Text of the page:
“We're driving towards that goal now and we're seeing some really strong merger benefits already for our customers with reduced fees, more digital products, much more frictionless experiences on both of our apps for Greater Bank and for Newcastle Permanent.”

Martin-Williams said the group “was also keeping an eye on opportunities for partnership and other opportunities in the market as we seek to deliver what it is that our customers want before our customers ask us for it”.

Broker partnerships

Mortgage brokers remained vital to NGM Group, said Martin-Williams.

“A partnership model across brokers or communities is a very important part of how we deliver on our vision and our values and our purpose. The mix is important,” she said.

“We’ve got to have options for our customers and options for our partners. We look to become a stronger partner with a very nuanced mix and are really open to what that might look like into the future.”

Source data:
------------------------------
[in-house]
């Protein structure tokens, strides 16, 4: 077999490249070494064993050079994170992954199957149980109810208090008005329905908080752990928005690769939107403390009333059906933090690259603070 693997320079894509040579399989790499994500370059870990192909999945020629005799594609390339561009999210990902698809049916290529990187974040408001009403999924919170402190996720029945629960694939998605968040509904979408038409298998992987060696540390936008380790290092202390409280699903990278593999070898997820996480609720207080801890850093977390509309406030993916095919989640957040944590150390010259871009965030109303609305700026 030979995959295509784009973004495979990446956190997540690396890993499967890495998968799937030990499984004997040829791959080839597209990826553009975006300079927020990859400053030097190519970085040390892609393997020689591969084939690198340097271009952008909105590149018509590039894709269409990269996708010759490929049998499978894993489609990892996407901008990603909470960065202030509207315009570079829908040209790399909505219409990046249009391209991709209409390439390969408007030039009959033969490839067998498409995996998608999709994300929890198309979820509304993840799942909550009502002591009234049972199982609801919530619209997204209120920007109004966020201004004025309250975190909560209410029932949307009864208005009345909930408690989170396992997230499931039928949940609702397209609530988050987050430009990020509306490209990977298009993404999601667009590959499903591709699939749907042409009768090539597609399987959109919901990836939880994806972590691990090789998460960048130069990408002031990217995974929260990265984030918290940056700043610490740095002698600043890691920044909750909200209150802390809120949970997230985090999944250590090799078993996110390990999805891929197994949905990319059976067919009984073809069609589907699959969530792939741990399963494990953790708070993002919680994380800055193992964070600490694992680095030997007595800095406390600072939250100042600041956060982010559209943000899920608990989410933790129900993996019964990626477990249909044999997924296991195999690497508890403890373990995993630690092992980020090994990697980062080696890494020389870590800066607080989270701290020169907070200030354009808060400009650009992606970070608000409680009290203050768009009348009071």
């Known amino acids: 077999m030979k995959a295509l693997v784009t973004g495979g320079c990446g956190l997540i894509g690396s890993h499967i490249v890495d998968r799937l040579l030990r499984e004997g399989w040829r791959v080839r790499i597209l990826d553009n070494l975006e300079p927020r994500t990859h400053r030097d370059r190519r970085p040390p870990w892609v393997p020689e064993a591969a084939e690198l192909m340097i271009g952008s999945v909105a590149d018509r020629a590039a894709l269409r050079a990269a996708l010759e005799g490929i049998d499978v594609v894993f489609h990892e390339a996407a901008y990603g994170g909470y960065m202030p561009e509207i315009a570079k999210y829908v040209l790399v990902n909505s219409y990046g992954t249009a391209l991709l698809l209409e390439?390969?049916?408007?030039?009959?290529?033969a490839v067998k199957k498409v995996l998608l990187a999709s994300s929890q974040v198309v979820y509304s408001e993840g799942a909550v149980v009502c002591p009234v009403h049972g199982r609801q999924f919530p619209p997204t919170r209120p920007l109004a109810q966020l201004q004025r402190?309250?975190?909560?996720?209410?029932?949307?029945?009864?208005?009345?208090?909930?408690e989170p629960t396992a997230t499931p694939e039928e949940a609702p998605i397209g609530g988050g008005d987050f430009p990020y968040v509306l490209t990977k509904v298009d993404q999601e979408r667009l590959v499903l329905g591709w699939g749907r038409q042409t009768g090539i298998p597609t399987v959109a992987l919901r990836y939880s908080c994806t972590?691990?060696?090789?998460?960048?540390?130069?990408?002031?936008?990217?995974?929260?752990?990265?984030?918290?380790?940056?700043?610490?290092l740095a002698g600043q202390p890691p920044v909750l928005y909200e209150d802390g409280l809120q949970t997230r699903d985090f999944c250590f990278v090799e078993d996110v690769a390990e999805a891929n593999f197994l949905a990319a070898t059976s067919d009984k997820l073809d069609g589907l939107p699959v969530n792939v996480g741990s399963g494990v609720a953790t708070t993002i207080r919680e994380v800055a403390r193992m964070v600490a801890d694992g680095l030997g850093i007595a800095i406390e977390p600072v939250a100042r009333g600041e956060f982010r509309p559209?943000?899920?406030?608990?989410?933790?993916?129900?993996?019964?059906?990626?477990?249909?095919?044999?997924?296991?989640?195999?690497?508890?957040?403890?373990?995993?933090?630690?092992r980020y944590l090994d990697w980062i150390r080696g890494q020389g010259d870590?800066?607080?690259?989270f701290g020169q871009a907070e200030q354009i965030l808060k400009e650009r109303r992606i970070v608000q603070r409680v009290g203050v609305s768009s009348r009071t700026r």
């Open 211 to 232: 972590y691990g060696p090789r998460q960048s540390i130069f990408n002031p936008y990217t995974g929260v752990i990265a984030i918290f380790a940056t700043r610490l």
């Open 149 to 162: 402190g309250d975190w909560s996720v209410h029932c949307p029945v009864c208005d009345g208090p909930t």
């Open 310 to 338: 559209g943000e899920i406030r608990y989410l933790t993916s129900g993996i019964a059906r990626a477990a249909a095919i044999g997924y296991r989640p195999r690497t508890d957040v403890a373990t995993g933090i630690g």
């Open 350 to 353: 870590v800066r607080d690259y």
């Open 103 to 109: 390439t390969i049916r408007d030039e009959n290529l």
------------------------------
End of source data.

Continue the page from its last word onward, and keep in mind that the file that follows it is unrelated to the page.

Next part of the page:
This would mean delivering new products and offerings and strengthening relationships with brokers.

Merging of two different brands

Martin-Williams said the merger of Newcastle Permanent and Greater Bank was founded on driving strength, innovation and growth for existing and new customers.

“We're already living up to those promises. I think we're seeing that really in three different areas of our business.”

The first involved the staff who had “terrific opportunities to work on complex problems, innovative products across brands, upskilling and reskilling”.

“We're delivering on the opportunities to  keep and retain terrific talent that provides these services and products to our customers,” she said.

The second factor was the regional communities that the organisation served.